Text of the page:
Donors Needed This Summer to Avoid Shortages June 13, 2008

LEXINGTON, Ky. – The Kentucky Blood Center is seeking to avoid a summer shortage of blood, especially Type O Negative. Summer brings an annual decline in blood donations nationally and there are indications shortages are being seen sooner and more severely across the U.S. Donors are encouraged to make appointments at blood drives or donor centers.

O Negative is the universal blood donor, meaning anyone can receive that blood type. It is the blood type preferred in emergency situations. At one point this week, there was less than an eight-hour supply of this blood ready to be sent to hospitals served by the blood center.

“If we are unable to build up the blood supply before the Fourth of July, we will almost certainly be facing a serious blood shortage this summer,” said Jim Tinker, Kentucky Blood Center spokesperson.

Blood Shortage Being Seen Around the Nation

Louisiana, Florida, Texas, Iowa, Indiana, Georgia, Mississippi and North Carolina are among the states already announcing blood shortages.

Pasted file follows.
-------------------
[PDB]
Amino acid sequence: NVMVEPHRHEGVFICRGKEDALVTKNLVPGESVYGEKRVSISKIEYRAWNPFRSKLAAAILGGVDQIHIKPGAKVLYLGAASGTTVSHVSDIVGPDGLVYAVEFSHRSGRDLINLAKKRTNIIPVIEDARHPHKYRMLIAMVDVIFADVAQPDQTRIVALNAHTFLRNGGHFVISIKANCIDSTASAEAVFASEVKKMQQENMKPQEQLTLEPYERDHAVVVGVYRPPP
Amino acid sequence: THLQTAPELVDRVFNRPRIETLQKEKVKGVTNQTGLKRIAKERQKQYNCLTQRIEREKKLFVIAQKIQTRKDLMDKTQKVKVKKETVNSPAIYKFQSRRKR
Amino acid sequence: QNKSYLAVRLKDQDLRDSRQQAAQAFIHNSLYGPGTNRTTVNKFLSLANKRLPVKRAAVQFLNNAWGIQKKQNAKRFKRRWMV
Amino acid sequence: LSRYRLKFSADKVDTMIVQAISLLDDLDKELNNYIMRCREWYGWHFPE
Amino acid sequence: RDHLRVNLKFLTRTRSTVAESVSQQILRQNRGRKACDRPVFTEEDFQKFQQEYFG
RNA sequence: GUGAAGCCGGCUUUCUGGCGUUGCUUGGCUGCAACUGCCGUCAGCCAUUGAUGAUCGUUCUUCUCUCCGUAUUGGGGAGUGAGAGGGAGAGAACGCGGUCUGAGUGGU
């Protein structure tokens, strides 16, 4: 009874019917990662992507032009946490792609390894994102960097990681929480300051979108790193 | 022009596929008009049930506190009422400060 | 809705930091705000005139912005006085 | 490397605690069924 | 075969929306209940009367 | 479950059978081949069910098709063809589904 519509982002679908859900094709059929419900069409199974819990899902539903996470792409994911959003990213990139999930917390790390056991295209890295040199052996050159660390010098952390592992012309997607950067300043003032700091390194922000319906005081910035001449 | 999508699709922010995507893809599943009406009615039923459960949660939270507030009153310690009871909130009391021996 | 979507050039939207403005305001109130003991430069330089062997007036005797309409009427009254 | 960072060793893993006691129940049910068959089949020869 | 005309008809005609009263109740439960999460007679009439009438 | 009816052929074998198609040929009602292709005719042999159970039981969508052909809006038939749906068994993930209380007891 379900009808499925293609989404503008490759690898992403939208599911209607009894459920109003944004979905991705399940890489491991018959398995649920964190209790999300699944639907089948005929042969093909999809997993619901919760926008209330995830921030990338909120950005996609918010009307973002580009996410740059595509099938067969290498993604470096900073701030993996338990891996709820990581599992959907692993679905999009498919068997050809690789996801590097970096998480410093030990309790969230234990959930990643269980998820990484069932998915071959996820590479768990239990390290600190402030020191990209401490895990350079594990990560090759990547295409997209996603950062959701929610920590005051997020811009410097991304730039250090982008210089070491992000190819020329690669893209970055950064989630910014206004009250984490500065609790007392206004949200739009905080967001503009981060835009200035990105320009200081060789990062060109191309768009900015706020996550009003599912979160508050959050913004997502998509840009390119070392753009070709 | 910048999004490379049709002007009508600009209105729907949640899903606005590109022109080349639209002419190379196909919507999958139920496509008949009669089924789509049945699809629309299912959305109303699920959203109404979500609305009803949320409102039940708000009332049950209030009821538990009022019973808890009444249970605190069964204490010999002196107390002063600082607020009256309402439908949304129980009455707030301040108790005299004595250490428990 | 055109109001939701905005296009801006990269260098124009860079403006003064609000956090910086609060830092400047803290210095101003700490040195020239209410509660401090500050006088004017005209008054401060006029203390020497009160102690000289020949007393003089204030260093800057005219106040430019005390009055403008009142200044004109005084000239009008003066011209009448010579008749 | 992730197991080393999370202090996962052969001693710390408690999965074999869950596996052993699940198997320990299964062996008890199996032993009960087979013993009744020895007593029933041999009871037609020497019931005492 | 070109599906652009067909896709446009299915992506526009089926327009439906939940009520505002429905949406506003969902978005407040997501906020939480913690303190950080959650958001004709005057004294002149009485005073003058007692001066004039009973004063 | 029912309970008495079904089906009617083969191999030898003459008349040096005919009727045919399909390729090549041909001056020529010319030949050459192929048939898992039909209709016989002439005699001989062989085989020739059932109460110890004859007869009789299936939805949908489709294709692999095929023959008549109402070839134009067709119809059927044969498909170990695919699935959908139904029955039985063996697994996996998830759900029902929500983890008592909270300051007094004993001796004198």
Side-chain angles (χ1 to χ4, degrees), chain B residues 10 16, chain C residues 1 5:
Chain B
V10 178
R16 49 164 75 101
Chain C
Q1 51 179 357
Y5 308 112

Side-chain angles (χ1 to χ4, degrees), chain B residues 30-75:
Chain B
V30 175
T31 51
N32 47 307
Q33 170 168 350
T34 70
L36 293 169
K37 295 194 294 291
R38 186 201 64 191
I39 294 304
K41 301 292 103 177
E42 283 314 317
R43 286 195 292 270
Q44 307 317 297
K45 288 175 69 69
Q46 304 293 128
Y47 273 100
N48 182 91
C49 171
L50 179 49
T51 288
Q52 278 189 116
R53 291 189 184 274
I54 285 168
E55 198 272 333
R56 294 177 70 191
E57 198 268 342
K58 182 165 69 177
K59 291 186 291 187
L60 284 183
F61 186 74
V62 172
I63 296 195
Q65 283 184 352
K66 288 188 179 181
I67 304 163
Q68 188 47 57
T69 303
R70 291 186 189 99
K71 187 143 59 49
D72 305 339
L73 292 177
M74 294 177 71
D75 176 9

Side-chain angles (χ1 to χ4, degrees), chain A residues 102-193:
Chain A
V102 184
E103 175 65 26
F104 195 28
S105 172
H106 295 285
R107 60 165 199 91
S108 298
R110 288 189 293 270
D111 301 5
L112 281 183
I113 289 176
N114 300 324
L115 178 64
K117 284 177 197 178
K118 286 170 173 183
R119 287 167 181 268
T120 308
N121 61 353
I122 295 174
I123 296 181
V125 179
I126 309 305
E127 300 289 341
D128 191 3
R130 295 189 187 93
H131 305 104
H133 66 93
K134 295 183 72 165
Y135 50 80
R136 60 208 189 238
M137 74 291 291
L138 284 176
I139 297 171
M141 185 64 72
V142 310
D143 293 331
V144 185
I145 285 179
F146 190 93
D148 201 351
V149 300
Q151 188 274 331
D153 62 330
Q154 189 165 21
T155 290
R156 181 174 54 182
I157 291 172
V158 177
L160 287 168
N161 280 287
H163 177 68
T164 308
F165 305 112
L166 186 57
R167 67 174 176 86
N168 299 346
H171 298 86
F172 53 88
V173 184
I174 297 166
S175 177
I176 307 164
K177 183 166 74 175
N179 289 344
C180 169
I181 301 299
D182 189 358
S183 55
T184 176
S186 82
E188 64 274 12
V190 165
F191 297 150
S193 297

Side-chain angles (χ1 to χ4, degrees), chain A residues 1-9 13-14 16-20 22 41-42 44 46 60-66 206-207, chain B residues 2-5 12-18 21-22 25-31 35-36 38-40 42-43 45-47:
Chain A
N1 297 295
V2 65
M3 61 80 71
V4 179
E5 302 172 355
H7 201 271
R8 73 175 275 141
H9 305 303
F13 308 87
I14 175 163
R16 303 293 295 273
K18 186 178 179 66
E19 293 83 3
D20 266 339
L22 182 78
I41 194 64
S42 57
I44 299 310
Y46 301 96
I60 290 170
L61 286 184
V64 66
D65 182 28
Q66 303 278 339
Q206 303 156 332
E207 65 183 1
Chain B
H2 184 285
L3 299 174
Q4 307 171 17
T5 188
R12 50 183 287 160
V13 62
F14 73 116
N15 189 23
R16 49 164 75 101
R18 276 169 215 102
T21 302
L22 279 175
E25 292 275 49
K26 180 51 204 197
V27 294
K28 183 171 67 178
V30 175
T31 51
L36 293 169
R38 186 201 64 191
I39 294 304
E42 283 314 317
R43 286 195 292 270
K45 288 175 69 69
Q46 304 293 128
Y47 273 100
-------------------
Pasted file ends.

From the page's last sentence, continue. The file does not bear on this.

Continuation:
“It’s scary,” Tinker said. “The shortages have already arrived. If we Kentuckians don’t provide for ourselves, we may not be able to obtain blood from elsewhere.”

Charity Challenge Encourages Donations


June is an especially good time to be a blood donor if the donor is interested in supporting a favorite charity. This June, S&S Tire is giving away $10,000 to motivate charities to recruit blood donors.

Sixty-three charitable non-profit organizations have signed up to participate in the Blood Donor Charity Challenge. The charity with the most total points will earn $6,500, second place will receive $2,500 and third place will win $1,000. Donors support their charity by declaring their support when they arrive to donate.

Details and the list of charities are available at

Those wanting to donate blood can call 1-800-775-2522 or visit for blood drive and donor center details. The Kentucky Blood Center is a non-profit organization dedicated to ensuring a safe, adequate blood supply for 67 Kentucky hospitals and clinics thanks to generous blood donors in more than 60 counties.